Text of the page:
Is Soca Seasonal? Even in Trinidad?

This morning I was reading a letter submitted by a reader on the Trinidad Express Newspaper. In summary the writer was complaining that Trinidadian Radio stations stop playing Soca music the day Carnival ends. At first I thought this was ridiculous… Trinidad is the HOME of Soca, that’s as ridiculous as coming to Jamaica and not hearing Dancehall and reggae on the radio….

Then, I started to think back to ash wednesday, and the music I had heard on the radio on Ash wednesday while I was in Trinidad. Then it struck me, the writer was absolutely right!

It doesn’t make sense…

I have NEVER met a single ‘Trini’ that isn’t visibly proud of the fact that they’re trini and will ‘rep’ trini from now till Zeus comes. People say Jamaicans are proud too proud. In my opinion, Trinis are just as proud of their country and of their music. This is why it doesn’t make sense to me why the radio stations would not have a hefty amount of soca music in constant rotation all year round.

It’s not the quantity

Just like dancehall and reggae, Soca artists seem to be some sort of musical line workers, churning out song after song. With some artists doing multiple songs on the same riddim. There are decades worth of soca music to be played and enjoyed. The sheer volument being produced now coupled with the rich history of soca music pretty much elminitates the arguemnt that “there just isn’t enough music”.

It’s not the quality

If it’s one thing I have to give to soca artists, it’s that they are extremely lyrically clever. The Depth of song lyrics can range from playful talk of “garlic sauce”, all the way to political commentary intended to shine a light on certain issues. Soca artists are no less lyrically talented than any other artists, and yes, that includes hiphop, dancehall, rap, reggae, or artists from any other genre.

The producers as well are also top notch. Beats range from live instruments, all the way to  SynthPop and dubstep beats. Sure there are some that would argue that recently soca music has deviated from what makes it truly SOCA, but in my opinion this is not a deviation, but rather growth and development. Soca will always be soca, and it will always have that unmistakeable feel and sound to it. For the record, I love Island Pop! 😉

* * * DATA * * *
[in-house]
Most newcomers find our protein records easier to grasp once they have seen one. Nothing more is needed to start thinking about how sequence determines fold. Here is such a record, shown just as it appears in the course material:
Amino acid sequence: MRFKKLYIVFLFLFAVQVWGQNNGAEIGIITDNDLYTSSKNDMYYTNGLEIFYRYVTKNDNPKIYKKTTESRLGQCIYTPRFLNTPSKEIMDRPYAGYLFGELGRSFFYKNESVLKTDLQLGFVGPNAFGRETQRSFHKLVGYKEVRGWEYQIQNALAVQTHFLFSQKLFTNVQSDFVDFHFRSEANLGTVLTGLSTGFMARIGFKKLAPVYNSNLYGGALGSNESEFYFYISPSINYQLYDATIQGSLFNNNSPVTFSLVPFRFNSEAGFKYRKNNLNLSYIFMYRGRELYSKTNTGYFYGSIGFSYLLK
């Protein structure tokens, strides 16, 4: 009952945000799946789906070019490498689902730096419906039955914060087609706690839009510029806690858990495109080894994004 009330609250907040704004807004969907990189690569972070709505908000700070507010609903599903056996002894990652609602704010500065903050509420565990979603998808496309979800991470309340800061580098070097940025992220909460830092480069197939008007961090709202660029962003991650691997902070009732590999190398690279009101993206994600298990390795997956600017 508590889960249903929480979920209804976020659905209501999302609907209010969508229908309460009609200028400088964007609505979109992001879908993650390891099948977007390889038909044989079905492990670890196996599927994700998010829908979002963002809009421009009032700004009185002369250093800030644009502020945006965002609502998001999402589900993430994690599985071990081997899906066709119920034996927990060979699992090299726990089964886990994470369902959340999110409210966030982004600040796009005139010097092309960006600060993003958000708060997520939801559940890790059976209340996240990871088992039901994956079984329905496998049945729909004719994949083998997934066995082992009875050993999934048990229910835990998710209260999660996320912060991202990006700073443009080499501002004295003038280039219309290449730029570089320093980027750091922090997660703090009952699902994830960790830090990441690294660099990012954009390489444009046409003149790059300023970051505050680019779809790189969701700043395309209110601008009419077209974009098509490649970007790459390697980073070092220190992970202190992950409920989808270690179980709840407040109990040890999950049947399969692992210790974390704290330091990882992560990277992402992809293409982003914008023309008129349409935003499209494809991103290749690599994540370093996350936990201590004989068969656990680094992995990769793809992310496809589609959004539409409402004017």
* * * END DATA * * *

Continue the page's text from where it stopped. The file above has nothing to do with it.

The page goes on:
At the end of the day the quality of the lyrics, delivery and production are all just as high as any other genre of music.

Soca is Happy Music!

To me, Soca is some of the happiest music one cold ever hear. I don’t know of any soca songs that promote violence, refer to women (or men) with derogatory words, or just don’t plain make you feel GOOD after hearing them. This is in my opinion in direct contrast with much of Dancehall and rap music. I know there are exceptions to the rule but, generally the feeling I (and I assume so many others) get when listening to Soca is very different from listening to dancehall or rap (One can only listen to someone rapping about how rich they are for so long!).

I’m Jamaican & I love dancehall (yep, even Vybz Kartel songs) and reggae . I would be extremely disheartened if I couldn’t turn on the radio at any point in time and be guaranteed to hear dancehall and reggae. So, to me, the notion that in the HOME of soca,  one is more likely to turn on the radio and hear Mavado instead of Machel is a VERY hard pill to swallow.

So Radio stations, Djs, promoters, and everyone else, don’t let Soca music be a seasonal treat. Play it, promote it, and let old and new fans enjoy it!

So, Why do YOU think Soca music isn’t played as much on Trini Radio?

Photo Credit: Laura Ferreira

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